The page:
Carbon dioxide emissions, which are major contributors to pollution, arise from a number of human activities such as burning fuels that contain carbon. Naturally, these emissions can result from things such as decaying vegetation. The data used in this analysis takes into consideration carbon dioxide emissions from sources like the manufacturing of cement and the combustion of fossil fuels. Emissions from sources such as land use, forestry, and others are ignored. In addition, the criteria used to measure pollution is that of carbon dioxide emissions per capita. Essentially, this measurement looks at how much, on average, each person in a country plays a role in the emissions. In 2015, the country that had the highest level of pollution was Qatar with an emission per capita of about 39.7 tons. Kuwait and the United Arab Emirates are in the second and third positions with 24.4 and 21.8 tons respectively. Closing the top five are Australia and Turkmenistan with 18.6 and 17.5 tons at the fourth and fifth positions respectively. Kazakhstan is tenth with about 15.2 emissions per capita.
Looking at the top country, Qatar, some interesting observations become apparent. As stated earlier, the per capita emissions look at the total production and divides the figure by the total population of the country. As of 2017, the country had an estimated population of about 2.6 million people. In addition, it is a known fact that the country is a massive producer of petroleum products, which are full of carbon. As of 2012, the country accounted for at least 13% of the global oil resources, which means that the total carbon emissions are extremely high. The high emissions become apparent when using the figures based on production against the population. For this reason, some researchers have come out stating that the UN has to use better criteria in order to portray a true representation of the situation.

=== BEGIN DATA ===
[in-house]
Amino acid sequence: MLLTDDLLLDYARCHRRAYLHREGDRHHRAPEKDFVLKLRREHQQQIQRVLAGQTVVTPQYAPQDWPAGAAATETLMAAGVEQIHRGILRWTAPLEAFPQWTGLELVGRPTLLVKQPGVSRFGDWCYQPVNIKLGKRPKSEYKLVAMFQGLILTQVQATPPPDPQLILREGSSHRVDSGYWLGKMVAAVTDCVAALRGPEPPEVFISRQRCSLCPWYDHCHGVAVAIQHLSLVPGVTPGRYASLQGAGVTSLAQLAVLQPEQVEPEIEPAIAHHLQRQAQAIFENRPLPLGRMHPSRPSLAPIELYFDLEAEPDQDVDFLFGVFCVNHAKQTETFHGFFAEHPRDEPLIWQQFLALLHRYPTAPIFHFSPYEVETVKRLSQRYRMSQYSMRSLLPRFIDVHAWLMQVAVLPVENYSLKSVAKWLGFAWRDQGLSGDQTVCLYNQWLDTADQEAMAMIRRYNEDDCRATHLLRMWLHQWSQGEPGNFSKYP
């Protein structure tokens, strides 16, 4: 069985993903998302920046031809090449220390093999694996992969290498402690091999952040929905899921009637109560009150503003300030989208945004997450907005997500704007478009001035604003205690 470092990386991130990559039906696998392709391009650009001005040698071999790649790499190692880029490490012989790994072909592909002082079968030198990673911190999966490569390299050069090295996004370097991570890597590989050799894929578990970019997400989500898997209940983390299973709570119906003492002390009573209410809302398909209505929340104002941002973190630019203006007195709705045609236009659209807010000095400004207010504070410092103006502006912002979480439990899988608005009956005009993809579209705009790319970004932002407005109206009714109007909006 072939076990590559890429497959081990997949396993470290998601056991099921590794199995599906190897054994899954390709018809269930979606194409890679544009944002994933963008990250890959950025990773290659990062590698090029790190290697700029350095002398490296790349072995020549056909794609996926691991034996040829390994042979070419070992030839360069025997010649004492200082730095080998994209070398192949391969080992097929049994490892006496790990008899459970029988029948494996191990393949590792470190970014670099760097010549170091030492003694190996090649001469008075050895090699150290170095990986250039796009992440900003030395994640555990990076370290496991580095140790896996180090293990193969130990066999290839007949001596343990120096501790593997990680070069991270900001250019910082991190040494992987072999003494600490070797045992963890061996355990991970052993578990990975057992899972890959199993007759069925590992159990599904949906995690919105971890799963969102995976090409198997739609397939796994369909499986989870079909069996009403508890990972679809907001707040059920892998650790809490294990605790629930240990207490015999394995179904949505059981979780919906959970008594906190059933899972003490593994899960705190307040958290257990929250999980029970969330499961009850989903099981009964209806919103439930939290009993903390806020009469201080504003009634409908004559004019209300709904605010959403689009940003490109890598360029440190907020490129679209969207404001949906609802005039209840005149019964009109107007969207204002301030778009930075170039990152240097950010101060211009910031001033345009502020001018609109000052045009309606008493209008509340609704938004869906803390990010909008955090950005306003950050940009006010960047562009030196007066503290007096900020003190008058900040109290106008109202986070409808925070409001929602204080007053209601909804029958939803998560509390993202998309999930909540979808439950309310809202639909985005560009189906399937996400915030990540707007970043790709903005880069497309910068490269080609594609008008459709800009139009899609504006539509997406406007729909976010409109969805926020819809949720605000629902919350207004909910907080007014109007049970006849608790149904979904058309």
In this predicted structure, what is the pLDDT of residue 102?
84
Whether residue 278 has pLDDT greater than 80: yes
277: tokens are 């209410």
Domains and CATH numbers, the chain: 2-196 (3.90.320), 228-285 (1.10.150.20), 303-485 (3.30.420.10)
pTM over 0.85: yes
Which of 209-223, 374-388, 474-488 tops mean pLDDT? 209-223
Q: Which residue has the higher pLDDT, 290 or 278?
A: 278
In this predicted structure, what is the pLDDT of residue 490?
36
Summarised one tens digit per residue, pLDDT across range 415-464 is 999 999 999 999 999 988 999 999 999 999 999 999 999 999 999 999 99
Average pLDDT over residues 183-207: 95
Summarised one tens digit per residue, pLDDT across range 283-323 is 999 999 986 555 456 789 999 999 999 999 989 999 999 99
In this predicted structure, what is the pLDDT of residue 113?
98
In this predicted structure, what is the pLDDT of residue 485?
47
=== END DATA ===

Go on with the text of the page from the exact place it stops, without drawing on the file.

Similar to Qatar above, Kuwait is also a country that is rich in oil deposits, which also explains the large figures of emissions per capita. One of the major sources that contribute to the high emissions per capita is energy production in the country. Other sources include the chemical industry, road transport, and other industries that need energy. Most of the emissions are from the southeast region of the country, which has the highest number of industries. In addition, the country has a relatively small population of about 4.2 million people and a large oil reserve, which is about 10% of the global reserve.
In Australia, most of the emissions come from the country’s heavy use of coal for the production of electricity. About 70% of the nation’s electricity comes from coal, which was probably why the country was in the top spot in 2009.
A More Accurate Picture
For a clearer description of the emissions, other things should be taken into account as well. For example, in the case of Qatar, the data should consider the exported products and the products consumed locally. Most of the carbon in the country is exported, which means that the emissions value will go down if the exports are taken into account.